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Diary of a Planner by Bernardo Secchi | Planum 2002-2013

Diary 04 | Multiethnics

by Bernardo Secchi

 Italian Version 

The shock that overcame Europe after the recent elections should lead to a kind of thinking that transcends the tactics and strategies of the different coalitions, their more or less compactness, their communicative capacity of each one and of their single representatives, the images used, and the ideologies of reference.
Manifestations of deep unrest, the events of these last years should lead European reformism to think about less superstructural aspects than usual. Above all, they should lead to the outlining of political proposals that touch more closely - and with greater strength and coherence - the real terms of important social processes and, for this reason (and obviously not only), the territory and the city as well.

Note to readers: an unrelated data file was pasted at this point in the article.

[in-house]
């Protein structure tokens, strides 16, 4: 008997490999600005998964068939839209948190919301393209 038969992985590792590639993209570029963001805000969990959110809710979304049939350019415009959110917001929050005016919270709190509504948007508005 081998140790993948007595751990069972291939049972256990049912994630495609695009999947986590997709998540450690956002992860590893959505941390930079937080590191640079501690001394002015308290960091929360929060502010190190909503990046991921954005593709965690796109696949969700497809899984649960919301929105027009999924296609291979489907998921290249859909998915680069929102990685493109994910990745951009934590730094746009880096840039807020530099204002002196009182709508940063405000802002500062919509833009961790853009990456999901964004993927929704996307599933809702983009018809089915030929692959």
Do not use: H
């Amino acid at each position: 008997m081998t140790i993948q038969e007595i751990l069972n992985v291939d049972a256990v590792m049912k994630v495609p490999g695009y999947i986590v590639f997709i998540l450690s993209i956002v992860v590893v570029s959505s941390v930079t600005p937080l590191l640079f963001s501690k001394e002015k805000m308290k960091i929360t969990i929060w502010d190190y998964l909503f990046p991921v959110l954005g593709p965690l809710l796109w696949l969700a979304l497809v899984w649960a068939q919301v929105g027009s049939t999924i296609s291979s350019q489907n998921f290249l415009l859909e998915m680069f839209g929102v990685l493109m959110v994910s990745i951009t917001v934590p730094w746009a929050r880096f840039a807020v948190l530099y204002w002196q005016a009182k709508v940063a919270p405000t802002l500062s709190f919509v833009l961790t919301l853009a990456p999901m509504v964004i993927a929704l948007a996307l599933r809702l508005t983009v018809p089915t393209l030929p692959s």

As banal as it might be, in Europe there is a certain difficulty in accepting the idea that a long period beginning in the mid 18th century and more specifically its last phase - in France referred to as the "glorious thirty," the thirty years of development after the last world war - was definitively closed and a profoundly different era had begun. There is difficulty in recognizing the profound differences, and to accept the necessary consequences in terms of political invention. There is the tendency to remove the fact that, during the first long cycle - more or less until the beginning of the 70's - Europe enjoyed an immense surplus of manpower until then living in less developed agricultural areas that had been growing in population for two centuries. During that period a tremendous process of demographic redistribution in Europe began with the migrations of mainly agricultural populations towards industrial and service activities. Populations moved from the countryside towards urban and metropolitan areas, from the south to the north - peasant cultures integrating with urban ones. As great as the cultural differences were between farmers from Aspromonte or Alentejo and residents of Zurich or Frankfort or the Belgian mining zones, the social and human groups that did come into contact partially shared some cultural and historical roots.